The current generation of electric vehicles have made significant progress during the recent years, however they have still not achieved the user acceptance needed to support broader main-stream market uptake. These vehicles are generally still too expensive and limited in range to be used as the first car for a typical family. Long charging times and uncertainties in range prediction are common as further barriers to broader market success. For this reason the CEVOLVER project takes a user-centric approach to create battery-electric vehicles that are usable for comfortable long day trips whilst the installed battery is dimensioned for affordability. Furthermore the vehicles will be designed to take advantage of future improvements in the fast-charging infrastructure that many countries are now planning. CEVOLVER tackles the challenge by making improvements in the vehicle itself to reduce energy consumption as well as maximizing the usage of connectivity for further optimization of both component and system design, as well as control and operating strategies. This will encompass measures that range from the on-board thermal management and vehicle energy management systems, to connectivity that supports range-prediction as a key element for eco-driving and eco-routing driver assistance. Within the project it will be demonstrated that long-trip are achievable even without further increases in battery size that would lead to higher cost. The driver is guided to fast-charging infrastructure along the route that ensures sufficient charging power is available along the route in order to complete the trip with only minimal additional time needed for the overall trip. The efficient transferability of the results to further vehicles is ensured by adopting a methodology that proves the benefit with an early assessment approach before implementation in OEM demonstrator vehicles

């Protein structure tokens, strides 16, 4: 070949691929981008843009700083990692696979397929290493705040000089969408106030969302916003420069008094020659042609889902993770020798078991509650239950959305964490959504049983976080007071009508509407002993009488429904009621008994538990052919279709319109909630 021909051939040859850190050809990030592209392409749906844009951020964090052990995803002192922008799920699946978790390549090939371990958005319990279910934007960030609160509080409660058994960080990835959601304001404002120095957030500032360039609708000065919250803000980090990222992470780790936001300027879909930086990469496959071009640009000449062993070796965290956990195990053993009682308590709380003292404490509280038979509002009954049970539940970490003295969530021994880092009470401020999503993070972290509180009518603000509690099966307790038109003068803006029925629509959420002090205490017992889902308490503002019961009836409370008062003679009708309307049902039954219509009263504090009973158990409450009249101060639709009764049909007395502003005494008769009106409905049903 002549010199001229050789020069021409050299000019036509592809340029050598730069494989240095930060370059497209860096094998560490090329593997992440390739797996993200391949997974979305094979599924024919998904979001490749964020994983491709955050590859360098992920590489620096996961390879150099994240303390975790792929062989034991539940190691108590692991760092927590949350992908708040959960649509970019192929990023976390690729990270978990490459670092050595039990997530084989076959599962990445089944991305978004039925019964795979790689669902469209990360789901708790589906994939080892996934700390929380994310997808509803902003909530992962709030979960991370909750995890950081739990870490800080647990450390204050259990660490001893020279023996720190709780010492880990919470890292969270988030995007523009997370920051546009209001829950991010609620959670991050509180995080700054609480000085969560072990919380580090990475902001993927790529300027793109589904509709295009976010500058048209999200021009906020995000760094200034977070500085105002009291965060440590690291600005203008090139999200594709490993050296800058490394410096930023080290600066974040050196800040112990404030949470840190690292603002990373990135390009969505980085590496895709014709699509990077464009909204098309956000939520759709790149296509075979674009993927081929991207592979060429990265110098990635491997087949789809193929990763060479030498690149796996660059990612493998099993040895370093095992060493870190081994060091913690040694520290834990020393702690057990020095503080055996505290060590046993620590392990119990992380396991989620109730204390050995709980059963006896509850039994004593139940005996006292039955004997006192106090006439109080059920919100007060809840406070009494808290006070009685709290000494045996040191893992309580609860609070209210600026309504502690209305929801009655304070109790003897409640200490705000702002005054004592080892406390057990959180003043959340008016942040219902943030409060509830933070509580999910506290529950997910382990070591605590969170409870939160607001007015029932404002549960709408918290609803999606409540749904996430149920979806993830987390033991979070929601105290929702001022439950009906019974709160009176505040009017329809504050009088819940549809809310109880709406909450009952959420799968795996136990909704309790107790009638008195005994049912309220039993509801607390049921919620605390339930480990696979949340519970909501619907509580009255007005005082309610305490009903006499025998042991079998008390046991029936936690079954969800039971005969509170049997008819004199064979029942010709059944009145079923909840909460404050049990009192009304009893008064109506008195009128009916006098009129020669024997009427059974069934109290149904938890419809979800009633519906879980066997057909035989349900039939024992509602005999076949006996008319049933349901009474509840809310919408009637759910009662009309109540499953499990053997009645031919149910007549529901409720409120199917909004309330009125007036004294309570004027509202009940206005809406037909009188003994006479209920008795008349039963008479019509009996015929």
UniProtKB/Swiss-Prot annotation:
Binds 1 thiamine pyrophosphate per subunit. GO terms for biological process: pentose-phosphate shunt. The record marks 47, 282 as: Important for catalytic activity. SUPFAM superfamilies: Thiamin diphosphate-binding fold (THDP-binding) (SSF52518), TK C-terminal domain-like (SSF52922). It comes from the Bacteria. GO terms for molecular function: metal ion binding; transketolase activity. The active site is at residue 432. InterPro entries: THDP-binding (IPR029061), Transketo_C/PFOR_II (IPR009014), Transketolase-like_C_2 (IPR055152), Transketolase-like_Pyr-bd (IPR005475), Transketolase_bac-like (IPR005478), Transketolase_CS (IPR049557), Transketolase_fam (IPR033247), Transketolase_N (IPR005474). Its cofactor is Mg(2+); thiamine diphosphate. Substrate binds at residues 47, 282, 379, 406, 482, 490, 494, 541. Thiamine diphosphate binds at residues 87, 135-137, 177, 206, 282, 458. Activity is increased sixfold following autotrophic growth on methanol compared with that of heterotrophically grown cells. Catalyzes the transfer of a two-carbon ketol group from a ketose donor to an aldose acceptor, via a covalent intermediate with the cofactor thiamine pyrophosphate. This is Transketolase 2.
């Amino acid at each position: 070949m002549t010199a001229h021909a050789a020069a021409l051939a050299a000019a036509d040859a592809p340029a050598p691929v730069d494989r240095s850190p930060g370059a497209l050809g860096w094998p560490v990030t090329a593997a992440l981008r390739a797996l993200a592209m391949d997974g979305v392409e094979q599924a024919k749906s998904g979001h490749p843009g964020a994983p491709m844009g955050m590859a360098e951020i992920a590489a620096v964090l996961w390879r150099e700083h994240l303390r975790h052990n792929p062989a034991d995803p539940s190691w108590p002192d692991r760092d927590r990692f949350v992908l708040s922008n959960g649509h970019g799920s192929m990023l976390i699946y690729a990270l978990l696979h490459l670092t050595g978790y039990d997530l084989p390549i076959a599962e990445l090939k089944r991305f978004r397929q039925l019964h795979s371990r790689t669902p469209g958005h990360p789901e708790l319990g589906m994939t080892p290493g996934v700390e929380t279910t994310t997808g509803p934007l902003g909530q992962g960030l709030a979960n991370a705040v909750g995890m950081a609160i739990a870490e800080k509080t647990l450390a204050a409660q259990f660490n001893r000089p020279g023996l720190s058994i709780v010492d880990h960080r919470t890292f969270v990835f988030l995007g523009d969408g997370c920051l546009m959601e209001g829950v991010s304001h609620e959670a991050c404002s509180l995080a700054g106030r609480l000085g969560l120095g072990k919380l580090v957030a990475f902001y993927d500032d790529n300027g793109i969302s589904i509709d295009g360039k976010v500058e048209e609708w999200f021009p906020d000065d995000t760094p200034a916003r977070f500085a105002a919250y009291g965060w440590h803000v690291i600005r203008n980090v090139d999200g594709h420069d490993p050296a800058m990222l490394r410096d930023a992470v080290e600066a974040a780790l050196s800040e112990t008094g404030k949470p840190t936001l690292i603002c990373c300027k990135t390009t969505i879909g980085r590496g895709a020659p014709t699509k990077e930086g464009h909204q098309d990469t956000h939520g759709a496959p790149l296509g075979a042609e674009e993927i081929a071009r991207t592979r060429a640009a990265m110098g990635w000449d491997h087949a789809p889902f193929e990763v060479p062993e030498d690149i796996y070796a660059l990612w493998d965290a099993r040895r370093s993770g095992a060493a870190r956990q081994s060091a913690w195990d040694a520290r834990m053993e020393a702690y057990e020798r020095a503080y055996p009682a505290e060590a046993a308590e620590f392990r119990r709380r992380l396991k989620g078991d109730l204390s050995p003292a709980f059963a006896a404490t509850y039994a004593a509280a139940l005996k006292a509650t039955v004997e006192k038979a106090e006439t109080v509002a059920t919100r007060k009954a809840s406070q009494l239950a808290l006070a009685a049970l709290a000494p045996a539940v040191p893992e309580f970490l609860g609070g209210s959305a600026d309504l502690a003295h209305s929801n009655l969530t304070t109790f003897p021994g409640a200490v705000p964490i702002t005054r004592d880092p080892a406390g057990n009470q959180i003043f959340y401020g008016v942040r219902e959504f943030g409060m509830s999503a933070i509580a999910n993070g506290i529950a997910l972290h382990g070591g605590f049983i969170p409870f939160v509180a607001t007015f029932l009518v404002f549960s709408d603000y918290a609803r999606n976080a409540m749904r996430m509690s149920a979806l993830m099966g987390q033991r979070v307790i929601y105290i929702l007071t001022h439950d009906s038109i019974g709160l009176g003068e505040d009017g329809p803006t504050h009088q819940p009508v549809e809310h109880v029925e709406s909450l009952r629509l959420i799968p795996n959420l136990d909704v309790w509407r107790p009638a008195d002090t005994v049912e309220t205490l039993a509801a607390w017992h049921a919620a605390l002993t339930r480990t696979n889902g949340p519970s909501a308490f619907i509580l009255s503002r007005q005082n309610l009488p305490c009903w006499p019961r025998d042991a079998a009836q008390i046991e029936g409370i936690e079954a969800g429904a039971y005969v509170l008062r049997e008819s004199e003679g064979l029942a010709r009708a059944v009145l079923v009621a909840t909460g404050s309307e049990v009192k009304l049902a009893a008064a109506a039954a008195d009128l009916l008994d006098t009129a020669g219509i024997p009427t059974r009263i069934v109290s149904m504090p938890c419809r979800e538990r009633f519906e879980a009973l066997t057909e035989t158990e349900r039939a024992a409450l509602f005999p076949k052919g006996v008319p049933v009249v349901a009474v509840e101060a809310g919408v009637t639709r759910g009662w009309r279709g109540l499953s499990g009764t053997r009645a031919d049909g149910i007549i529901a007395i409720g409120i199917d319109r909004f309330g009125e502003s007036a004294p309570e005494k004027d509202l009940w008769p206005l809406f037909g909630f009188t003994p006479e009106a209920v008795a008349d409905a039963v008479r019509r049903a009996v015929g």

Short titleCEVOLVER
Effective start/end date1/11/1830/04/22

    Research areas

  • Electric Vehicles, Thermal management, Fast charging

    Flemish discipline codes

  • Electrical machines and transformers
  • Air pollution and control

ID: 39820168